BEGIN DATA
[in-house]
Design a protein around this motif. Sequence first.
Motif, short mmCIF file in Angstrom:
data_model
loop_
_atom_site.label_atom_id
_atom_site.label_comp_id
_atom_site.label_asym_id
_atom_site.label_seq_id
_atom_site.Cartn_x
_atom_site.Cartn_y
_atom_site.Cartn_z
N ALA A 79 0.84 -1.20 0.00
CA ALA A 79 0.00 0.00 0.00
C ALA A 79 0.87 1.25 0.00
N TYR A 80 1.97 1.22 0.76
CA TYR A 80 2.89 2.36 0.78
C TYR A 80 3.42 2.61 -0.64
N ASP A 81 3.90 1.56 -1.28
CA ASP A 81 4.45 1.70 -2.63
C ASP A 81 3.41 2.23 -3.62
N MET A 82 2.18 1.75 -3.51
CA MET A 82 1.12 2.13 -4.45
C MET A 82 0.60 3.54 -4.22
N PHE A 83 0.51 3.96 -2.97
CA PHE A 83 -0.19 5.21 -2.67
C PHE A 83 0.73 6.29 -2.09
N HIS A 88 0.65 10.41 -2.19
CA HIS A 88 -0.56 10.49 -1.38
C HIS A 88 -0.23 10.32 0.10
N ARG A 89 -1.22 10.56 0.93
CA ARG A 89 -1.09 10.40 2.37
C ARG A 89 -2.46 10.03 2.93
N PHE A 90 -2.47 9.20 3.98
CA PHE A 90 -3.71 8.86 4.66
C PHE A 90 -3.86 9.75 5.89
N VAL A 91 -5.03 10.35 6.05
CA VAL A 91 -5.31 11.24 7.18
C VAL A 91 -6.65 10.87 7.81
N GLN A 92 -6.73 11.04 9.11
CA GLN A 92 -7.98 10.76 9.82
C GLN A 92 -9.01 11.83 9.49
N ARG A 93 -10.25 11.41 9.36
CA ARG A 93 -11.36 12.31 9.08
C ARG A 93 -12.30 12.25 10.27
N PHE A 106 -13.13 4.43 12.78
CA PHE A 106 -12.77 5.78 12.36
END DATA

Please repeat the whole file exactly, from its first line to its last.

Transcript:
[in-house]
Design a protein around this motif. Sequence first.
Motif, short mmCIF file in Angstrom:
data_model
loop_
_atom_site.label_atom_id
_atom_site.label_comp_id
_atom_site.label_asym_id
_atom_site.label_seq_id
_atom_site.Cartn_x
_atom_site.Cartn_y
_atom_site.Cartn_z
N ALA A 79 0.84 -1.20 0.00
CA ALA A 79 0.00 0.00 0.00
C ALA A 79 0.87 1.25 0.00
N TYR A 80 1.97 1.22 0.76
CA TYR A 80 2.89 2.36 0.78
C TYR A 80 3.42 2.61 -0.64
N ASP A 81 3.90 1.56 -1.28
CA ASP A 81 4.45 1.70 -2.63
C ASP A 81 3.41 2.23 -3.62
N MET A 82 2.18 1.75 -3.51
CA MET A 82 1.12 2.13 -4.45
C MET A 82 0.60 3.54 -4.22
N PHE A 83 0.51 3.96 -2.97
CA PHE A 83 -0.19 5.21 -2.67
C PHE A 83 0.73 6.29 -2.09
N HIS A 88 0.65 10.41 -2.19
CA HIS A 88 -0.56 10.49 -1.38
C HIS A 88 -0.23 10.32 0.10
N ARG A 89 -1.22 10.56 0.93
CA ARG A 89 -1.09 10.40 2.37
C ARG A 89 -2.46 10.03 2.93
N PHE A 90 -2.47 9.20 3.98
CA PHE A 90 -3.71 8.86 4.66
C PHE A 90 -3.86 9.75 5.89
N VAL A 91 -5.03 10.35 6.05
CA VAL A 91 -5.31 11.24 7.18
C VAL A 91 -6.65 10.87 7.81
N GLN A 92 -6.73 11.04 9.11
CA GLN A 92 -7.98 10.76 9.82
C GLN A 92 -9.01 11.83 9.49
N ARG A 93 -10.25 11.41 9.36
CA ARG A 93 -11.36 12.31 9.08
C ARG A 93 -12.30 12.25 10.27
N PHE A 106 -13.13 4.43 12.78
CA PHE A 106 -12.77 5.78 12.36